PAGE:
City’s team was very familiar, with Ian Butler, Chilton, Wagstaff and Houghton still at the peak of their powers. Wilkinson, who was from Middlesbrough, was a newer kid on the block though had been at the club six years by the time he began to hold down a more regular place in the side. Banks and Greenwood were good signs of things to come; Dennis Butler a sturdy long-term presence in defence; Simpkin similarly approaching stalwart status in the middle of the pitch and McKechnie the popular, erratic, talented scurvy-dodger behind them all. The team didn’t change for the three FA Cup clashes, with Henderson getting on for the injured Wilkinson in the third game. The only non-regular in the side was new signing Wilson, a gruff Scottish defender who’d come in from Millwall. He didn’t miss a game for the rest of the season after his debut in November 1967 but was in and out for the subsequent two campaigns before dropping into the non-league game. His association with City as coach, caretaker manager and secretary would become the stuff of legend to the generation of supporters that followed.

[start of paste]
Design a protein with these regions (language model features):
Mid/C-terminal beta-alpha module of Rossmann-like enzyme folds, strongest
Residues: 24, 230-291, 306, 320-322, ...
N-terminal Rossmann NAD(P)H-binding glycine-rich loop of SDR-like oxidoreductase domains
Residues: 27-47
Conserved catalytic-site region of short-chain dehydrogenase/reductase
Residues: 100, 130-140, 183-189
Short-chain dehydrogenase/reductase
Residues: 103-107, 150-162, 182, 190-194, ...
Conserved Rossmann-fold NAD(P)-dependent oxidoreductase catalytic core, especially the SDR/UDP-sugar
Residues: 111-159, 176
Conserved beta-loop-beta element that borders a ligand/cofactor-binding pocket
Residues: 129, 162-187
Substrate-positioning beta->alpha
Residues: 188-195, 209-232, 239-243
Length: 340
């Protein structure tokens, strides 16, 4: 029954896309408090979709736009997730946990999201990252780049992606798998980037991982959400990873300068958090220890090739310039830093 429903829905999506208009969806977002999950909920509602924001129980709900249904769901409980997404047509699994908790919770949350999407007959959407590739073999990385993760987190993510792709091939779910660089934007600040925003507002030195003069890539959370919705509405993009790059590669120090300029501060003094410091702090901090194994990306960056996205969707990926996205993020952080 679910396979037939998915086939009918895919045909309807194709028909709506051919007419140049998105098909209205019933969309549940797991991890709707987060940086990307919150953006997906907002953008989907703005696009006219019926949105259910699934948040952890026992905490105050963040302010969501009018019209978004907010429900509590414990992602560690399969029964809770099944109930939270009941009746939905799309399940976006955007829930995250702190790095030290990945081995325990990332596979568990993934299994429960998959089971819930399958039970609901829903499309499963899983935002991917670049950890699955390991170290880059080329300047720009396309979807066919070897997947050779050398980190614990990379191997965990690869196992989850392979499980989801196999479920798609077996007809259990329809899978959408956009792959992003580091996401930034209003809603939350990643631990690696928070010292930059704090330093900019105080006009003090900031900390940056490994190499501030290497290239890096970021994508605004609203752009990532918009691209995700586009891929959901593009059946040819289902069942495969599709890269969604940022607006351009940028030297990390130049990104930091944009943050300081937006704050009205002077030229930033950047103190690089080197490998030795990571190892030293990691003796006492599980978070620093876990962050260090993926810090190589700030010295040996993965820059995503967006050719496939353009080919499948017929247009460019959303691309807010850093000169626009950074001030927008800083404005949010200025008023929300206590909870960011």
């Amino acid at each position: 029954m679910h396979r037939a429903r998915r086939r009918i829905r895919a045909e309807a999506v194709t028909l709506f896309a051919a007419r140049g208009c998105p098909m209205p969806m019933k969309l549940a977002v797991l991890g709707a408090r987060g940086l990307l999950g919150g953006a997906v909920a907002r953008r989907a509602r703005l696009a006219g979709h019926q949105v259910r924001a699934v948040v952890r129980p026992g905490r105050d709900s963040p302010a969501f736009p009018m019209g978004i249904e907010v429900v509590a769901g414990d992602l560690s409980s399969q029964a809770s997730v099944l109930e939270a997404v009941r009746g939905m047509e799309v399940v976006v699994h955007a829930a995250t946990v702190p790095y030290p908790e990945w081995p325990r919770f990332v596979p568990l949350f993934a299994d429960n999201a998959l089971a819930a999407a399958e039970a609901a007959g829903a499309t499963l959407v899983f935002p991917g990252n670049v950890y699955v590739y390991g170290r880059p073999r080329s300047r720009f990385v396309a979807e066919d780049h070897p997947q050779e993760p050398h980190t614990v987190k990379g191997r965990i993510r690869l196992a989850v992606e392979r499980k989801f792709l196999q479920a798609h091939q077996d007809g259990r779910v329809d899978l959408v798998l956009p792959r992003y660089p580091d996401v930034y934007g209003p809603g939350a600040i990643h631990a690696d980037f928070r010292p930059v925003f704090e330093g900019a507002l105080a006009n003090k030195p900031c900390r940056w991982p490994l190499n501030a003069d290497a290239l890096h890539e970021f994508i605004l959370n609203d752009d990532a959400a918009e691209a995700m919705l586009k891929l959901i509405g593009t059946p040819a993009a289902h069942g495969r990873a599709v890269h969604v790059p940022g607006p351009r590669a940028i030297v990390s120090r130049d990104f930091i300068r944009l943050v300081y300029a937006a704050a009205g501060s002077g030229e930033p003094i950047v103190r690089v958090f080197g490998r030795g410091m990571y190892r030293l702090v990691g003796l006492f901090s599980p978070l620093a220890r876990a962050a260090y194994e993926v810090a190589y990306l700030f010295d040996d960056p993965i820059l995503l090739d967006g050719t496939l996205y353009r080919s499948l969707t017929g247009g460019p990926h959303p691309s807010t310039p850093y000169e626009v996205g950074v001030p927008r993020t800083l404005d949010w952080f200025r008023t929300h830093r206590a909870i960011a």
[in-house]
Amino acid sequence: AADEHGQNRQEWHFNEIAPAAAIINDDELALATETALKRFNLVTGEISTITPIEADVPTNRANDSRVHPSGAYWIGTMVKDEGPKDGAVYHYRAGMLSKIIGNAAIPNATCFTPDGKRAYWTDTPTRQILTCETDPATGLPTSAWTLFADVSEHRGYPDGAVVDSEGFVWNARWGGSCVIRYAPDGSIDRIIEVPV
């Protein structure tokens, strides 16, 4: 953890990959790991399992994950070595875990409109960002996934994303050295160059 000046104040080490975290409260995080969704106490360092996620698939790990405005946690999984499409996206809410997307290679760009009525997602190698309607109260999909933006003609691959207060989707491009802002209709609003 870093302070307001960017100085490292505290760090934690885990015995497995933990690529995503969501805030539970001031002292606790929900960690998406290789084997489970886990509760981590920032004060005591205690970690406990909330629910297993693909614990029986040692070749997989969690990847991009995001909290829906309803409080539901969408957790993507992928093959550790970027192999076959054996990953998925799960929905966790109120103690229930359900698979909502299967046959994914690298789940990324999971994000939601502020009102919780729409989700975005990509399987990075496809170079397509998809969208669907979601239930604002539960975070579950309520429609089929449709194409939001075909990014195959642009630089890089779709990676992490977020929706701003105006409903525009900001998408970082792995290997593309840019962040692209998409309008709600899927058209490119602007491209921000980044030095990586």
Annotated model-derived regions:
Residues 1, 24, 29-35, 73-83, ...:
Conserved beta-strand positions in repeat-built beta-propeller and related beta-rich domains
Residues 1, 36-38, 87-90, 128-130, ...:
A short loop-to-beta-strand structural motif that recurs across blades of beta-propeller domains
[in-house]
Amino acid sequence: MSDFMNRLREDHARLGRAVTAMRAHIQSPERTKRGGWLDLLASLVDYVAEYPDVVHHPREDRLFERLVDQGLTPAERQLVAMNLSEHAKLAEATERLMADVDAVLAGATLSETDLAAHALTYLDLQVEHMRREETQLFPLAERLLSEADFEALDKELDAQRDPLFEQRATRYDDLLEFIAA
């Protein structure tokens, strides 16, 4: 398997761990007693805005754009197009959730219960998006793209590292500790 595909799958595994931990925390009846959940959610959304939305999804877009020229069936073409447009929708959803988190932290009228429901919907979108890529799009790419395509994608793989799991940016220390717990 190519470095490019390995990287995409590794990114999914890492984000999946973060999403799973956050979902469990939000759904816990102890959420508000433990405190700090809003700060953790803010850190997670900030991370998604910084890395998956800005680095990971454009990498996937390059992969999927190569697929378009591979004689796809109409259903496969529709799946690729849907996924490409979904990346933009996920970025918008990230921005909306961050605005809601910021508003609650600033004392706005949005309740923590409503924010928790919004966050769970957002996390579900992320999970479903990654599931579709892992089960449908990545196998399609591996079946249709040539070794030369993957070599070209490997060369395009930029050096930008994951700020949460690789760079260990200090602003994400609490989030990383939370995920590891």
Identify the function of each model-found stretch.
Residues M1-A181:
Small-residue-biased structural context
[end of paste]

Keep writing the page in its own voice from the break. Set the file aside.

In the midst of this marathon was a league game to muddy the waters too (“the Second Division filling in the FA Cup sandwich”, as the Hull Daily Mail had it), which took place between the first and second replays. City lost it 2-1 at Ayresome Park, having made a number of changes to protect players for the FA Cup game (a mirror opposite of what would happen today). Ron Young, one of the beneficiaries of Cliff Britton’s rare use of squad rotation, got the Tigers’ goal, while young striker from the ranks Ian Davidson was given his first start for the club.